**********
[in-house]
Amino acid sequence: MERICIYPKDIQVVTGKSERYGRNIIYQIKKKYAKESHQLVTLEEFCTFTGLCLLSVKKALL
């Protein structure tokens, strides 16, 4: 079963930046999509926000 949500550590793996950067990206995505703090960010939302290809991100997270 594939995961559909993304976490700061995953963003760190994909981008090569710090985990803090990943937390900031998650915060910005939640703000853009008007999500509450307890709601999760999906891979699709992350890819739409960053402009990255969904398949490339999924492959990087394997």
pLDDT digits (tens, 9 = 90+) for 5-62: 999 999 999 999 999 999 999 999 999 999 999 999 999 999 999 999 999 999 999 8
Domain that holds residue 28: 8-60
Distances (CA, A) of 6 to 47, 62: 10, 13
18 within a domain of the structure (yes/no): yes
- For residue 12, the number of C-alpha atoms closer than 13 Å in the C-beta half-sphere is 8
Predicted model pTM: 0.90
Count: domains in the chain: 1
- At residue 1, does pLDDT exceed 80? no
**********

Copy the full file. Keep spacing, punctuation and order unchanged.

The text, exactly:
[in-house]
Amino acid sequence: MERICIYPKDIQVVTGKSERYGRNIIYQIKKKYAKESHQLVTLEEFCTFTGLCLLSVKKALL
């Protein structure tokens, strides 16, 4: 079963930046999509926000 949500550590793996950067990206995505703090960010939302290809991100997270 594939995961559909993304976490700061995953963003760190994909981008090569710090985990803090990943937390900031998650915060910005939640703000853009008007999500509450307890709601999760999906891979699709992350890819739409960053402009990255969904398949490339999924492959990087394997």
pLDDT digits (tens, 9 = 90+) for 5-62: 999 999 999 999 999 999 999 999 999 999 999 999 999 999 999 999 999 999 999 8
Domain that holds residue 28: 8-60
Distances (CA, A) of 6 to 47, 62: 10, 13
18 within a domain of the structure (yes/no): yes
- For residue 12, the number of C-alpha atoms closer than 13 Å in the C-beta half-sphere is 8
Predicted model pTM: 0.90
Count: domains in the chain: 1
- At residue 1, does pLDDT exceed 80? no